Jim Stevens was born in Kilbirnie to Jim, a steelworker, and May, and an older brother to Jan. He attended Glengarnock Primary and Speirs Academy before taking the expected employment route to the steelworks. When he eventually went to Strathclyde University, he gained a first class degree and was kept on as a lecturer in macroeconomics.

His political commitment drove his interest in economics while his inquiring intellect caused him to challenge the orthodoxies of left as well as right. His conclusions on any particular issue lay where the economic facts led him.

As chief economic forecaster at the Fraser of Allander Institute, Stevens became something of a bête noir for the SNP with his rigorous assessments of their economic claims. In advance of the 1997 General Election he calculated they had had inflated Scotland's true fiscal position by £18.1bn over the next four years and their economic predictions were "about as useful as a chocolate fireguard".

Away from his day job as an academic, Jim was far removed from the stereotypical image of that calling. Having decided at an early age that his hyperactive nature did not need alcohol to stimulate it, he appeared to be fuelled by a constant flow of Diet Coke, discoursing on the issues of the day, local and national, usually in the Garnock Labour Club.

Professor David Hillier, executive dean of Strathclyde Business School and associate principal of the university, paid tribute: "Jim was a remarkable economics lecturer and a cherished presence in the Fraser of Allander Institute and department of economics. He was highly regarded by his students, winning numerous awards for his exceptional teaching and supervision. Beyond his role as an educator, Jim's warm and caring nature extended to his workplace colleagues”.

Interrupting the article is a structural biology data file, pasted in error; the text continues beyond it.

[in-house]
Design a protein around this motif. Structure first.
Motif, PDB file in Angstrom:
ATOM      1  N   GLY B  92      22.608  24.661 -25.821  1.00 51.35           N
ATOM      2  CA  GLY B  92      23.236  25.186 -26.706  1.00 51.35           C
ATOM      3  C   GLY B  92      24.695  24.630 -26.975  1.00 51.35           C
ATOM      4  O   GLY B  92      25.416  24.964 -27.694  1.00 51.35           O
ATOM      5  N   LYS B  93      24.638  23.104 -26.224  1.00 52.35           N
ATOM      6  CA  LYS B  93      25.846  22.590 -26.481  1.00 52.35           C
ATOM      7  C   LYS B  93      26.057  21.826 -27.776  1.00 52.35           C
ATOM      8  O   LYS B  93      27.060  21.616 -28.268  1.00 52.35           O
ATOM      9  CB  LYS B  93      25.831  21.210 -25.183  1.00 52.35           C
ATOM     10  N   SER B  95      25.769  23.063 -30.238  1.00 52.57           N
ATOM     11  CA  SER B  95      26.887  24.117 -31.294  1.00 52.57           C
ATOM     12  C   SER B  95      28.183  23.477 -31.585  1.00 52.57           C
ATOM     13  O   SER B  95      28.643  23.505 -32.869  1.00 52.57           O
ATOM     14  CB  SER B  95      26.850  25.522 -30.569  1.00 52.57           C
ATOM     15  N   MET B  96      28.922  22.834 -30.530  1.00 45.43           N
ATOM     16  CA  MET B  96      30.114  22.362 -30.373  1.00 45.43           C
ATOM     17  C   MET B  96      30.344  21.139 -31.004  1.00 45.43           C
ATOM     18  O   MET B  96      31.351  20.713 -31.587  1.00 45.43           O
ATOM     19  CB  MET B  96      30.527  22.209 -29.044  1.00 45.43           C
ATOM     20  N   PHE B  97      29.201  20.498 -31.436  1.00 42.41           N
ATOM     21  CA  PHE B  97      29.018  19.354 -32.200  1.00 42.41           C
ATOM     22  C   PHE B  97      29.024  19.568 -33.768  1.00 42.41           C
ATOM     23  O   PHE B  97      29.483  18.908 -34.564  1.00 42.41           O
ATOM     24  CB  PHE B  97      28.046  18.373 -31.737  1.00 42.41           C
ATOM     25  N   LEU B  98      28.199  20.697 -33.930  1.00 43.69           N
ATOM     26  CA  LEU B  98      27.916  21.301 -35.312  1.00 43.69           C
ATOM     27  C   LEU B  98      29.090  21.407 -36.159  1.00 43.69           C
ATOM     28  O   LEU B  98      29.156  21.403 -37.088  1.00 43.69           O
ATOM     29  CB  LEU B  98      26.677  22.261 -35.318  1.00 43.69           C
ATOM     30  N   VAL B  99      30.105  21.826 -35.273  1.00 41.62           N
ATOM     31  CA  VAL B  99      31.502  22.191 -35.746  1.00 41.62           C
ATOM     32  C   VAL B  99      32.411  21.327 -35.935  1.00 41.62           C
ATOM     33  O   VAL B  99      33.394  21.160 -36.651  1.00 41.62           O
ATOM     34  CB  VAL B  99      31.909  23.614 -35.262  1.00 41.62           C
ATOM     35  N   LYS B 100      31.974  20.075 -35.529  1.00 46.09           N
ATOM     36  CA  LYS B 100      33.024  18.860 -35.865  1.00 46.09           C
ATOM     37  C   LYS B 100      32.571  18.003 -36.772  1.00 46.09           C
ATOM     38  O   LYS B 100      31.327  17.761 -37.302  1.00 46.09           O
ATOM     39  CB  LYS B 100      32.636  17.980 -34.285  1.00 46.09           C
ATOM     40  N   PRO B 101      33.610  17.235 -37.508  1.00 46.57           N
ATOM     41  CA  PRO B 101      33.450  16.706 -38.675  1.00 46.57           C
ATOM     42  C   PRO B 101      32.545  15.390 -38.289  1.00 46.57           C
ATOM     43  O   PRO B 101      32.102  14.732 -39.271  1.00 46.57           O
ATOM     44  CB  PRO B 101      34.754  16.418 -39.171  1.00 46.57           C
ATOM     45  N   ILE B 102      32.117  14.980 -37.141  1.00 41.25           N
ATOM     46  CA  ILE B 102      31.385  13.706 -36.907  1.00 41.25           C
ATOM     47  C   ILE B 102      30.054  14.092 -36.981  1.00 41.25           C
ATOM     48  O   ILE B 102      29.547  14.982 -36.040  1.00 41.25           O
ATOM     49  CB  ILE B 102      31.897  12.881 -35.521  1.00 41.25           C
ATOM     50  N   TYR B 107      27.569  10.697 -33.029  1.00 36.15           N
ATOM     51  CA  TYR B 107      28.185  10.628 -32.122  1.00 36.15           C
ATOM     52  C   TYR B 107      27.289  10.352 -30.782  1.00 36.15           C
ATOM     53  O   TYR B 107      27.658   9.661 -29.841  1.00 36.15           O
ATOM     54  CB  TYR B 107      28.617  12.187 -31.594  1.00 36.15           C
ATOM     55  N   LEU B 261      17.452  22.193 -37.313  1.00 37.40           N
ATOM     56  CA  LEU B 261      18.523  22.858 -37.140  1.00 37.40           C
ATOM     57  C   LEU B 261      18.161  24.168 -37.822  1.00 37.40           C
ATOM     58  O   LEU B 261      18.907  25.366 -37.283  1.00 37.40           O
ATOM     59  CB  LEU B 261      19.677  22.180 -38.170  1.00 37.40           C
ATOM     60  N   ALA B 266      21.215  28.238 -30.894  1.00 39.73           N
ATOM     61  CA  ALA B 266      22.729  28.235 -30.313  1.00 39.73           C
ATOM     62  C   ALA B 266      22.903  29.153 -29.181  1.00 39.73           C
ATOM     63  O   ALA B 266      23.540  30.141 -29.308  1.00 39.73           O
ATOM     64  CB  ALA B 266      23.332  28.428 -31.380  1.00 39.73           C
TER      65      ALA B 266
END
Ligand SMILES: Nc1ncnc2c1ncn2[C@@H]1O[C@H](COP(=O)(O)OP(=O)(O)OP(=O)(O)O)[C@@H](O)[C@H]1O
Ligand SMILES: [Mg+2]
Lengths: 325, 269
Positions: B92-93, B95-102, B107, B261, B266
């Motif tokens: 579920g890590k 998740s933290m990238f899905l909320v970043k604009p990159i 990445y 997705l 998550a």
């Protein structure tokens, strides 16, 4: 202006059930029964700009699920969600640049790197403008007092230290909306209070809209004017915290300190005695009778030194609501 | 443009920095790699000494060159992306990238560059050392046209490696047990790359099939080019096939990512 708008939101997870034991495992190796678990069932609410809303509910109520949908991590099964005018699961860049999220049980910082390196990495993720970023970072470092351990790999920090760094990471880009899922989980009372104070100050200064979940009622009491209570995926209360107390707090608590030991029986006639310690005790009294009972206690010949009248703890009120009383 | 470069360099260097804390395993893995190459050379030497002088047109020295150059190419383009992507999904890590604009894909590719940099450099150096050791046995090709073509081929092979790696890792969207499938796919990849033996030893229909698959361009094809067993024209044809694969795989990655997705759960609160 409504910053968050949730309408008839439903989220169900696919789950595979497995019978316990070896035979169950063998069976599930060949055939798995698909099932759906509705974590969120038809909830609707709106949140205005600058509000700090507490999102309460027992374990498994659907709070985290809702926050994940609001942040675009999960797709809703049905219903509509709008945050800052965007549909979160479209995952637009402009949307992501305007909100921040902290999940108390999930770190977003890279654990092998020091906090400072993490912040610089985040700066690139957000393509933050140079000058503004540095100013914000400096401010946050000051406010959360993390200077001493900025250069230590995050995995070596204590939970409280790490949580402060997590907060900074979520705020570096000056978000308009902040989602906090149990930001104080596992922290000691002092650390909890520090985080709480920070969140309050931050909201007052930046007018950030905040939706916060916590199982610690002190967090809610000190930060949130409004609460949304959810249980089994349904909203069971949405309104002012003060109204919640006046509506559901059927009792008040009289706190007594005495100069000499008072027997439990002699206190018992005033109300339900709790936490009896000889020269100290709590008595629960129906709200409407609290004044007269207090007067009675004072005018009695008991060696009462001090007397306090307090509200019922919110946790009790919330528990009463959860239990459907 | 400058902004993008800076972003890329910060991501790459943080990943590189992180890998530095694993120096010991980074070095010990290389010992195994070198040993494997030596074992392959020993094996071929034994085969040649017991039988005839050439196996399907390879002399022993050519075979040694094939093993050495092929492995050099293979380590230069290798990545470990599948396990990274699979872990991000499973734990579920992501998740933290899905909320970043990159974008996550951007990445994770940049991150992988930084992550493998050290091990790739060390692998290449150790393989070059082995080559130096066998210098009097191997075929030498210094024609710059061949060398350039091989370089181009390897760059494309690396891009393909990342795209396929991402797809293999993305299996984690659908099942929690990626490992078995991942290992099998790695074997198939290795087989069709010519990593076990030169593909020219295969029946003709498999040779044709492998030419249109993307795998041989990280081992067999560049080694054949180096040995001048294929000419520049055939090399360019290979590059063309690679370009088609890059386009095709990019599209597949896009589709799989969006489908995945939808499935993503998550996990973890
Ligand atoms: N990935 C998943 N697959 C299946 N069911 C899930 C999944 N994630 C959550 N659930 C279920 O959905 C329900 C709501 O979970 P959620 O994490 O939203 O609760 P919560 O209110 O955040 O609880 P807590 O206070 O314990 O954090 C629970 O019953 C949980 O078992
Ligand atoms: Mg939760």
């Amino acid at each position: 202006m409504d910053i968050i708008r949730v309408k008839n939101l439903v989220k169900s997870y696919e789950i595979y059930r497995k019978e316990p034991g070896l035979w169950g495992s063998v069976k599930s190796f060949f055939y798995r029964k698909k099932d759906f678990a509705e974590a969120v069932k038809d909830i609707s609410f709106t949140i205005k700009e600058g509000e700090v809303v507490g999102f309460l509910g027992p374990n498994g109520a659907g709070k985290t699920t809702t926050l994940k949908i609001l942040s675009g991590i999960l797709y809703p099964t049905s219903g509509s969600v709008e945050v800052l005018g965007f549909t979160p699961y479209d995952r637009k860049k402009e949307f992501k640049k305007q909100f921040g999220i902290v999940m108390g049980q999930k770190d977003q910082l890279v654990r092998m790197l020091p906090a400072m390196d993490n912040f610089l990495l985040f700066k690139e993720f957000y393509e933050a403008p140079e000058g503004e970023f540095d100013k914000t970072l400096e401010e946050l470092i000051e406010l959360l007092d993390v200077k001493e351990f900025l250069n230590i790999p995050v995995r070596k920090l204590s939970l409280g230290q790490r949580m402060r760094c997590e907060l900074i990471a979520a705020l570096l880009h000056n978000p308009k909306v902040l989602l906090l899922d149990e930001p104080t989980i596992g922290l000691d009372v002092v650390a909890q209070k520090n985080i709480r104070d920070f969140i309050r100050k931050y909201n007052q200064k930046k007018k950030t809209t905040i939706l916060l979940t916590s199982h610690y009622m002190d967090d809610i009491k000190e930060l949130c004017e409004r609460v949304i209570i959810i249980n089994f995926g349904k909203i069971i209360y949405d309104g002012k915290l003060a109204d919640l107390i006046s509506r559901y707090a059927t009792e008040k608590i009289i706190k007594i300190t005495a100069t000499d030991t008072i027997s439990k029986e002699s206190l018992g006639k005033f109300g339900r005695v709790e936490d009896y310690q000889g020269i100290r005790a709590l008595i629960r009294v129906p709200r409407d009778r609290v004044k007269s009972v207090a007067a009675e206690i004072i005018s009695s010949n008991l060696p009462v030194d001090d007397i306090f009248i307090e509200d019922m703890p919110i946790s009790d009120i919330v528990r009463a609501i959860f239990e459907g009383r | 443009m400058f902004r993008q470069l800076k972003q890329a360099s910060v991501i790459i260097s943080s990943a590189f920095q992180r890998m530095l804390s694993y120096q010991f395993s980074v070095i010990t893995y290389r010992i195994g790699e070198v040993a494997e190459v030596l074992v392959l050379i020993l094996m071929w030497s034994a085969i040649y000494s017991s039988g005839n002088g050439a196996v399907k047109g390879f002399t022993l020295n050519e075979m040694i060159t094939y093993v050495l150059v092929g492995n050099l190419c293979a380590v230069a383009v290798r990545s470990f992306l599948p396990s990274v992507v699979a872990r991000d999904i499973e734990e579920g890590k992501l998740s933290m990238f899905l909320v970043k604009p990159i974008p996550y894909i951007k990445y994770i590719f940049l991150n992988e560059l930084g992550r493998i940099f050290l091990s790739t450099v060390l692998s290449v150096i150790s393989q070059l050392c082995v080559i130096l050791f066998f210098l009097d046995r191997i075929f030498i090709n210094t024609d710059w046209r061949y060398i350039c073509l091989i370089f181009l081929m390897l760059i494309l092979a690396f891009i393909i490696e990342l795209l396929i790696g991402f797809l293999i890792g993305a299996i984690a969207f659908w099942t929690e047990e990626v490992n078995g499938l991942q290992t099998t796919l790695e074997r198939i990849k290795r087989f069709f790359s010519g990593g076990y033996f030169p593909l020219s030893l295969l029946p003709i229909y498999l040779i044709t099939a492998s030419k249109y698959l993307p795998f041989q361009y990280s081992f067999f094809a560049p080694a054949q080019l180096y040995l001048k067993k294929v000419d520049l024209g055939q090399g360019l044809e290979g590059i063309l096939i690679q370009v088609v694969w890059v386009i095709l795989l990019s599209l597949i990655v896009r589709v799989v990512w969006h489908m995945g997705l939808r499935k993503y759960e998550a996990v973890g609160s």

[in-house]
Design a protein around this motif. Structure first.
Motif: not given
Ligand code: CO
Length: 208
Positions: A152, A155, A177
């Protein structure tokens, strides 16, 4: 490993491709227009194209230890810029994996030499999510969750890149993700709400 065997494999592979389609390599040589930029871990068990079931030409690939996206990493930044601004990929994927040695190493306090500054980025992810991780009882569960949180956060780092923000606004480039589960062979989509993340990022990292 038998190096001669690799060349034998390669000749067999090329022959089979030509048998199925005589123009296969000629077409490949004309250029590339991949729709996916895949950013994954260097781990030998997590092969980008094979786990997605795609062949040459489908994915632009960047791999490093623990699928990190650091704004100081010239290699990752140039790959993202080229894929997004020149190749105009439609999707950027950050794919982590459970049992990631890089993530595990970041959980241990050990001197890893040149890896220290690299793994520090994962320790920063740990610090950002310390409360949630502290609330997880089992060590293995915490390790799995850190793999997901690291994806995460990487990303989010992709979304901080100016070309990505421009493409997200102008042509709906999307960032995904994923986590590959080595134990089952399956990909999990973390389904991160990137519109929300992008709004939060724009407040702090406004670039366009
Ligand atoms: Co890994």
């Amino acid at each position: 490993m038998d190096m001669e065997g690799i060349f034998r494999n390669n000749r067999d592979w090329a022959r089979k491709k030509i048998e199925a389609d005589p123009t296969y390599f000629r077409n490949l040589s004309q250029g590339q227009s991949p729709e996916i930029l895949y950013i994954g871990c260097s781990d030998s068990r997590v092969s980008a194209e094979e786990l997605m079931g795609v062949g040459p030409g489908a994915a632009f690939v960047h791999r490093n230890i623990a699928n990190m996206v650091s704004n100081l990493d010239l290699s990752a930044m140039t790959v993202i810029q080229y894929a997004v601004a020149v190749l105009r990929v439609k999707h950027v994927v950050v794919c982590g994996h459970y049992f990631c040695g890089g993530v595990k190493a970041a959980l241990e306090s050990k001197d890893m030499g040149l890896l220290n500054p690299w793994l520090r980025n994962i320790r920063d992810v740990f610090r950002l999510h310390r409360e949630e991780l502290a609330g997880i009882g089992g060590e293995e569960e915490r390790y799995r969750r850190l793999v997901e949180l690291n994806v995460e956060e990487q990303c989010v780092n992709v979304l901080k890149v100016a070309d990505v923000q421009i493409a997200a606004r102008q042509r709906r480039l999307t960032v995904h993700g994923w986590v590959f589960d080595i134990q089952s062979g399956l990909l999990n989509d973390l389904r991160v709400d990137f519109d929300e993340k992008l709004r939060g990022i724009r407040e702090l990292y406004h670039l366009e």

At the funeral service in his home town of Kilbirnie, Rev Archie Currie, said: “As a child he would be described as hyperactive but highly intelligent” – characteristics which were evident throughout Jim’s life. Rev Mr Currie described him as “a lifelong Labour man, very much respected by his peers and a real man of the people. In particular, he could identify with young people”.

Rev. Mr Currie added: “Locally he was very well known for feeding the seagulls in the public park - something that he himself knew perhaps didn’t endear him to everyone. Jim had a lifelong passion for nature; he would nurse injured animals over the years. He just loved all animals.”.

The former MSP for Cunninghame North, Allan Wilson, recalled: “Jim was a lifelong member of the Labour Party and a key member of its Scottish Executive Committee in the eighties and nineties, representing the National Association of Labour Clubs. The era was dominated by the need to reform and modernise the party and its policies to make it electable once more. Jim was firmly on the side of reform”.

Jim Stevens is survived by his daughters Katie and Elain, son Scott and grandchildren Ryan, Kayla and Jason.